About The Boys in the Band
It was a great birthday party thrown for Harold. One with good looking party guests, alcohol, little bit of dancing – and groping, exceptional birthday gifts, a bloody brawl and a telephone game.
I attended the opening night of the The Boys in the Band on 7th August and left the play with many questions. Before I tell you what Tim Garner, producer and actor, had to say about the play, let’s find out what went on during Harold’s birthday.
For those of us who’ve never heard of the play, which was originally produced by Matt Crowley, this was the quintessential off-Broadway production centered around gay themes and had set off the gay rights movement when it first opened in 1968.
Why and how did a play get so powerful?
Firstly why? Other than the fact that the cast is all-male, and features a homosexual theme, The Boys in the Band is unabashed and relentless in its attempt to be a play with gay characters. This isn’t a gay play. This is a play for everyone, with themes that would resonate with most of us in our everyday lives.
Why you should watch it
Because a theatre is where you’re introduced to and immersed in dramatic situations you might never face in the real world. Especially in Singapore, most people live their lives not having to worry about getting punched at a birthday party because of their demeanour and sexual orientation.
We’re literally babies when it comes to experiencing, understanding, and accepting diversity. What this experience will offer you is the chance to come to terms with a lifestyle that is possibly different from yours; a way of living that is divergent but not necessarily flawed.
Because did you hear about what happened to Blue is the Warmest Color when it showed in Singapore? The 2013 Palme d’Or winner was the first ever film to have its director and two lead actresses take home the award but due to censorship violations eight minutes of the film – which contained explicit materials – were cut.
My point is, and as Tim had put it, “the fact that ‘no one’ goes to plays here probably helps”. You’re probably never going to find anything like this in the cinemas, and even if you did it would be so watered down you’re better off reading And Tango Makes Three.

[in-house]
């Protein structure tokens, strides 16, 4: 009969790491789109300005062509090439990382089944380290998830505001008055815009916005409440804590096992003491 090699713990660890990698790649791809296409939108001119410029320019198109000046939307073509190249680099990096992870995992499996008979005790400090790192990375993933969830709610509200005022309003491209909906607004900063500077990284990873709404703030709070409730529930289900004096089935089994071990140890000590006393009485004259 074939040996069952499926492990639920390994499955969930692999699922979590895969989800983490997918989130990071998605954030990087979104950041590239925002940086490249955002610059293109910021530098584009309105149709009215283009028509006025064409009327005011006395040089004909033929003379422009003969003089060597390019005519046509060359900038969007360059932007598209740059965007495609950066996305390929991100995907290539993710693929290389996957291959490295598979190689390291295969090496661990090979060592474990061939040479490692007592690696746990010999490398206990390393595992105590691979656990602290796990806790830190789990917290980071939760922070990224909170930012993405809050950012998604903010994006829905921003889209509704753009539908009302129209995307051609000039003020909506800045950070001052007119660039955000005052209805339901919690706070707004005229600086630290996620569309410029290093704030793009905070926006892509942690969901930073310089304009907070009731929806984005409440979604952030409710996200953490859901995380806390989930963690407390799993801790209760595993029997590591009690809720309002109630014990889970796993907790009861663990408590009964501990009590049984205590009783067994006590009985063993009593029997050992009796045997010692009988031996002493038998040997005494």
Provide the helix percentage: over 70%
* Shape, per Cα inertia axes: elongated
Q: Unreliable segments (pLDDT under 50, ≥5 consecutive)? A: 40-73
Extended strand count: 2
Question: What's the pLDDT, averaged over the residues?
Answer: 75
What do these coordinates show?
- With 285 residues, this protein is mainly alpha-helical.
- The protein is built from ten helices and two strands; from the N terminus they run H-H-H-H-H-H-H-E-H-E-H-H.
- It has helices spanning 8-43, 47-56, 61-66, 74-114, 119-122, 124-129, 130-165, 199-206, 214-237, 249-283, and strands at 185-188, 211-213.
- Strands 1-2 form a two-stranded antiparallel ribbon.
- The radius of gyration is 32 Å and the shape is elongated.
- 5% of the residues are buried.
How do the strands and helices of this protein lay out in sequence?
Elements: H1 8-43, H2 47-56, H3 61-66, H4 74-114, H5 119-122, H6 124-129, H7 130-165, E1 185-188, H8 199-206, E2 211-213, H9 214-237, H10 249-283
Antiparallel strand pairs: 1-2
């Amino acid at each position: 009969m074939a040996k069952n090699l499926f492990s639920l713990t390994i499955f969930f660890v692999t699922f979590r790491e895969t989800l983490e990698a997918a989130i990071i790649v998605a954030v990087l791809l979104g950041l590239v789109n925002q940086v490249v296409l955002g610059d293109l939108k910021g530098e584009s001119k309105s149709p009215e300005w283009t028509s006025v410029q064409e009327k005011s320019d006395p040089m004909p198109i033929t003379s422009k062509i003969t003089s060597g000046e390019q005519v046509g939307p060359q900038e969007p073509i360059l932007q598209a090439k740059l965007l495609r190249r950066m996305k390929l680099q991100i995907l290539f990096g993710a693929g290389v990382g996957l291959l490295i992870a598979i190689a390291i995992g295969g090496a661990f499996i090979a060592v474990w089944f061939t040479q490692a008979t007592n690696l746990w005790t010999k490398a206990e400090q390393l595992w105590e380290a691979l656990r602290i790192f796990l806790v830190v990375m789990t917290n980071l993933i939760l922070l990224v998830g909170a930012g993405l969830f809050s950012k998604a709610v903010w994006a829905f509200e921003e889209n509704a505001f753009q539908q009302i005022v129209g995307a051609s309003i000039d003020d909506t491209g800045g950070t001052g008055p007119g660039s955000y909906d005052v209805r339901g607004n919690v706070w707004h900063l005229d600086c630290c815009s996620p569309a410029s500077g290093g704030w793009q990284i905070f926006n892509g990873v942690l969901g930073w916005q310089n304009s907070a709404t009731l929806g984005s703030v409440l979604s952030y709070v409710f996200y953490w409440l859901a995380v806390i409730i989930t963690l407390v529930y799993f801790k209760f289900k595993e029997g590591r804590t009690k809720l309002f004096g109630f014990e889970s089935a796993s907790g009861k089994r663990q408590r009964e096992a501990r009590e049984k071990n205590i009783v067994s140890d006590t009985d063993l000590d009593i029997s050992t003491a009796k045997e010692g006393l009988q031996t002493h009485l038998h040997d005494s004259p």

How the play hit all the right notes
Since this was an atypical cast I asked Tim if the casting process went any differently.
“When it came to BOYS, I looked at the role and then looked around at who I know or have seen in other performances, and feeling their energy and matching them up. No one in this play auditioned. I just made the offer direct, because I knew they were right for the parts. And they are.“
This I had to agree. Each of the characters had their own demons and were fighting different battles, on their own and with each other. Perhaps this might not have been original producer Matt Crowley’s original intention but having different ‘types’ of gay men in the play illuminated the various intersections within the gay community.
There is the classically effeminate one – played by Andrew Sutherland, the jock or the macho one – played by Ali Shewring, the promiscuous polygamist – played by Chris Bucko, the African-American one, who by default of the color of his skin is a lesser gay – played by Frédéric Soumaré, and of course you have the highly suspect, closeted one – played by Marc Checkley, among other characters.
As the birthday party continued into the night we delve deeper into each character’s back story and find out what exactly they’re afraid of as gay men. Needless to say, most of it revolved around issues of love, acceptance, and self-worth.
Frédéric’s character was in love with a man he could only dream of being with, Ali’s Hank felt like being the all-rounded, athletic male helped to mask the stigma of emasculation. And Michael, Tim’s character, takes us through a pendulum of emotions as he gets increasingly drunk and charged through the night, constantly antagonising the other characters.
All that tension and frustration culminated into the most dramatic and tear inducing telephone game in the history of telephone games. Each character was to call someone they love or once loved and the idea was to force a honest confession out of them. The ultimate aim was to leave no stones unturned, and no fear unconquered.
I’ve had my fair share of crushes and unrequited love so the anxiety was extremely palpable, I could feel my heart beating wildly as they scrolled the numbers on the phone. Some calls were heartbreaking to listen to, and some moved me with the level of honesty that only love could summon. The ultimate deal breaker was of course the twist at the end, which I will not tell you – you have to attend the birthday party to find out, okay?!
The Boys in the Band Verdict
I could go on and on about intersectionalities and the complexities of the play, but it would probably mean nothing to you if you don’t watch it and experience the amazing production for yourself.
The play is raw, self-deprecating, tender and evocative all at the same time, and it’s truly something we need to see in order to understand how everyday life and events can challenge gay people.
Like I mentioned in the post before, I’m beyond excited that Tim Garner Productions focuses solely on plays with LGBTQ themes. The Boys in the Band is wonderful exposure for the Singaporean audience. But I hope that in future, we’d be able to critically enjoy and come to meaningful discussions on plays that are not just centered on gay men – but other sexually marginalised groups of people as well.
Tickets and showtimes
The play is still running, from now till August 16, at Allicance Francaise Theatre, 1 Sarkies Road, Singapore 258130
Get your tickets from SISTIC, call their hotline at 6348 5555 or visit any of their authorised agents island wide.
Note: This play is rated R18 – Homosexual Theme
Drop us your email so you won't miss the latest news.